Date of Award
Open Access Dissertation
Chemistry and Biochemistry
Andrew B. Greytak
Colloidal quantum dots (QD) are promising semiconducting materials to engineer photovoltaic and optoelectronic devices due to tunable size-dependent absorption and emission properties. These materials are important as they don’t need complicated equipment and huge setup investment for industrial applications. If formulated into a kind of stable nano-ink, these QDs can be incorporated into devices using the most economical processing technologies, spray or roll to roll printing. More importantly, these are compatible with thin-film stacked devices and circuitry that can be formed on heat-sensitive and flexible substrates to make flexible wearable devices and sensors that are difficult to achieve with crystalline-based material in existence. QD processing technology consists of three main steps (I) Synthesis (II) Purification (III) and ligand exchange and device fabrication. With well-established synthetic procedures, great effort has been done on ligand exchange and device fabrication but there has been negligible attention given to purification strategies. Another major hurdle for their industrial applications is very short-lived post-ligand exchange QD solution stability that compromises the QD ink quality even before device fabrication.
This thesis is divided into six chapters. First, I will introduce QD chemistry, applications, and post-synthesis purification en route to device fabrication. Second, I’ll introduce Gel Permeation Chromatography (GPC) as a purification technique in parallel to the established precipitation/re-dispersion (PR) method. This section will demonstrate the effectiveness of GPC in removing byproducts and unbound ligands from PbS QDs, and the subsequent applicability of the GPC-purified QDs in optoelectronic devices. In the third and fourth chapters, I will present highly stable 3-mercaptopropionic acid (MPA) capped and halide capped PbS QDs, dispersed in a single non-coordinating organic solvent, to form printable p-type and n-type nano-inks. These inks are stable and suitable for making standalone, heterojunction, and p-n junction solar cell and photodetection devices. These inks should make QDs a viable option for industrial-scale manufacturing of QD devices through spray, or roll-to-roll printing processes. Chapter 5 will introduce AgBiS2 based QDs ink as environment friendly alternative to eliminate toxicity concerns associated with the current state of the art PbS QD system. This ink has been utilized to fabricate flexible photodetectors to show its broad applicability in sensitive areas such as food processing and biomedical applications. Lastly, Chapter 6 of this thesis demonstrates scanning photocurrent microscopy (SPCM) as a diagnostic technique to characterize III-nitride (GaN/AlGaN) based high electron mobility transistor (HEMT) structures for growth defects and current conduction mechanisms via sub-bandgap excitation.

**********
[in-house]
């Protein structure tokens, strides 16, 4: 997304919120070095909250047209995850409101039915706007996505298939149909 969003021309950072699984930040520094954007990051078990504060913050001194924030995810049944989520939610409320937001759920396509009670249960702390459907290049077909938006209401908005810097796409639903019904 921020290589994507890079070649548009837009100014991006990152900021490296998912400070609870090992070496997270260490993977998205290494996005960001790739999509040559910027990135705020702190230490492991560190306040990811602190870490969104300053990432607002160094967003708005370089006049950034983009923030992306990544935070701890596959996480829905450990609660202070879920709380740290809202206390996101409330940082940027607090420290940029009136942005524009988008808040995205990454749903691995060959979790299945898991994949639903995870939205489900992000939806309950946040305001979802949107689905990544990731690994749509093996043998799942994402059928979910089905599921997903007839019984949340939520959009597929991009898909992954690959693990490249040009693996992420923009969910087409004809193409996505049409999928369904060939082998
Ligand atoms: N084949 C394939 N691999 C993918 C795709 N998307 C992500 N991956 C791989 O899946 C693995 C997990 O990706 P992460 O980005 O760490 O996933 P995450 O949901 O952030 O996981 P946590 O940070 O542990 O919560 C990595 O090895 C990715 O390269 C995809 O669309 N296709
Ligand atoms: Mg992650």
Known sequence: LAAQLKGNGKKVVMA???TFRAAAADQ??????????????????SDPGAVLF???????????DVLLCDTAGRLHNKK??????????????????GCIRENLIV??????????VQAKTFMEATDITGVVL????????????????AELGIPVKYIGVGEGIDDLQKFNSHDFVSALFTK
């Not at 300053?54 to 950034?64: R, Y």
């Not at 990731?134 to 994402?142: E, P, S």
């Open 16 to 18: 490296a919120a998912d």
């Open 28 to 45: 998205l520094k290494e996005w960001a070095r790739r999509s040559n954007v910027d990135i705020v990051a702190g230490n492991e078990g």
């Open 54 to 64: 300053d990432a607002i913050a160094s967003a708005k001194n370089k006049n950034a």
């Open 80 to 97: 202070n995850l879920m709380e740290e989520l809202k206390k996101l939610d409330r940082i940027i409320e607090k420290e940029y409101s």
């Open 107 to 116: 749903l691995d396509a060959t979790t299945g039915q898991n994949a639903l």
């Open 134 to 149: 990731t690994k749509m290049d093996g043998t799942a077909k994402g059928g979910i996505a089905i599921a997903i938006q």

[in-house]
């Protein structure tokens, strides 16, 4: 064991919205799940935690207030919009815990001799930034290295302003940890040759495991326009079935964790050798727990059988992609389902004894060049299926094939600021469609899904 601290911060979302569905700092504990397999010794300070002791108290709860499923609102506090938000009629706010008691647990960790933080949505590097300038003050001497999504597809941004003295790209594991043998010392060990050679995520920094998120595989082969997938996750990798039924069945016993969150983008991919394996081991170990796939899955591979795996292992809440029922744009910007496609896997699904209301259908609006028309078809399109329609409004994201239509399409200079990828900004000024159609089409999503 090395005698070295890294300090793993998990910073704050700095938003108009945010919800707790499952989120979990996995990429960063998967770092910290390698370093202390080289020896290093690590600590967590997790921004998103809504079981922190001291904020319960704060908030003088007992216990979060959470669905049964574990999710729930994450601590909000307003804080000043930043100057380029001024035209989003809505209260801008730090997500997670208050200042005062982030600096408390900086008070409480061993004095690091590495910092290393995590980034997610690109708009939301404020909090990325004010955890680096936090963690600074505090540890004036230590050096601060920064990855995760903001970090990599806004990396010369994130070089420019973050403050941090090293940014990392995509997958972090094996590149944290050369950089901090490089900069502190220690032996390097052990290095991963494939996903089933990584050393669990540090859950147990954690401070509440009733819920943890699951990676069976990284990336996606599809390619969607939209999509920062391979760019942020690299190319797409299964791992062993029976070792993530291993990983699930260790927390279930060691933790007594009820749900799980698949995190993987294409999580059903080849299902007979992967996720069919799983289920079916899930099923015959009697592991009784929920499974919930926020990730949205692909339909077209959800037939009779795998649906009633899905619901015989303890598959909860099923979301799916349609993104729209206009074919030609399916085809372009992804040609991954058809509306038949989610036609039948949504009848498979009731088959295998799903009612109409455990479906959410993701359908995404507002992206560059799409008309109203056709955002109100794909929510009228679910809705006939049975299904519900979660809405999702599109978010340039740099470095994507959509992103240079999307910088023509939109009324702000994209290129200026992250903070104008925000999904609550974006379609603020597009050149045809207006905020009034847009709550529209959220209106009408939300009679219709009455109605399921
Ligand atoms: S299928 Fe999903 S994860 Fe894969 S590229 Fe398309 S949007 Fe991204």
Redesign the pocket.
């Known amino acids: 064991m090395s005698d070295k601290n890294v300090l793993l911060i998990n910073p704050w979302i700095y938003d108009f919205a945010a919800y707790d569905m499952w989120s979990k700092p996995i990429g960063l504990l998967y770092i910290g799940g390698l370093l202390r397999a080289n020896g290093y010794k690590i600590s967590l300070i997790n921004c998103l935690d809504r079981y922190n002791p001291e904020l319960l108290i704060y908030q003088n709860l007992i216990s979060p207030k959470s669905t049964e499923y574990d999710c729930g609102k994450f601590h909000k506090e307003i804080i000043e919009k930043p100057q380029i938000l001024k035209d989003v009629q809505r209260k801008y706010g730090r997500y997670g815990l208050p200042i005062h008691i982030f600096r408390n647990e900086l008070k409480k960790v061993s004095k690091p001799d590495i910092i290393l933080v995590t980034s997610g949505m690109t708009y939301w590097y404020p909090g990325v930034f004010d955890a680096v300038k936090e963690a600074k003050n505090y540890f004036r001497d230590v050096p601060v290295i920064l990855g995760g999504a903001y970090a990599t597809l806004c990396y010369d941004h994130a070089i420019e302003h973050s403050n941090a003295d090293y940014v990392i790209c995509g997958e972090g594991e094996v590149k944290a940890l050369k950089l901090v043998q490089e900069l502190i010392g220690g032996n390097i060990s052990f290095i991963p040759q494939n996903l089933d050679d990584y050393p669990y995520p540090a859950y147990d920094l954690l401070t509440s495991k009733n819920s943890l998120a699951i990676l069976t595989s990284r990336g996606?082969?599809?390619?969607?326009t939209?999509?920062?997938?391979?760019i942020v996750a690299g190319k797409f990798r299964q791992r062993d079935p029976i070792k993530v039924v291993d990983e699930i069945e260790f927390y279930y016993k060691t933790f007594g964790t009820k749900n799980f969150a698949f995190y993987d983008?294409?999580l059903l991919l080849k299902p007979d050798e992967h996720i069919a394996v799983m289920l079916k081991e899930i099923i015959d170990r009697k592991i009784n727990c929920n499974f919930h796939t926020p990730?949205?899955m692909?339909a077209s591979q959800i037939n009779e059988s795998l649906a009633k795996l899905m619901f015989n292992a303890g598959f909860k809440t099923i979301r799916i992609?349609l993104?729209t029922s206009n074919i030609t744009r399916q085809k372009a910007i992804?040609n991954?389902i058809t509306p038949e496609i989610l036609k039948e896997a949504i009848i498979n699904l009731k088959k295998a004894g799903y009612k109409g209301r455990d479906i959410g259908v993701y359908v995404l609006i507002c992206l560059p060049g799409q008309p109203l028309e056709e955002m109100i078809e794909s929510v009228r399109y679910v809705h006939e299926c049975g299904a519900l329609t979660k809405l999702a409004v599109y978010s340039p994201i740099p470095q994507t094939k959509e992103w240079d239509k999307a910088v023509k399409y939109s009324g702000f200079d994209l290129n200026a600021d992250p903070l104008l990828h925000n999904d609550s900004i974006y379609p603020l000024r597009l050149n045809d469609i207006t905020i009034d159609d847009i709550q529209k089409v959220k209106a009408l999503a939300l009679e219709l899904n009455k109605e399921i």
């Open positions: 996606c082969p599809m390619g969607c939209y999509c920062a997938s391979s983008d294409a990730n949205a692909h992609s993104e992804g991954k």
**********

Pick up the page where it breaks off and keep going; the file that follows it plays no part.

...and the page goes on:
Ahmed, F.(2021). Enhancing Charge Carrier Mobility in Colloidal Quantum Dots For Technological Applications. (Doctoral dissertation). Retrieved from https://scholarcommons.sc.edu/etd/6590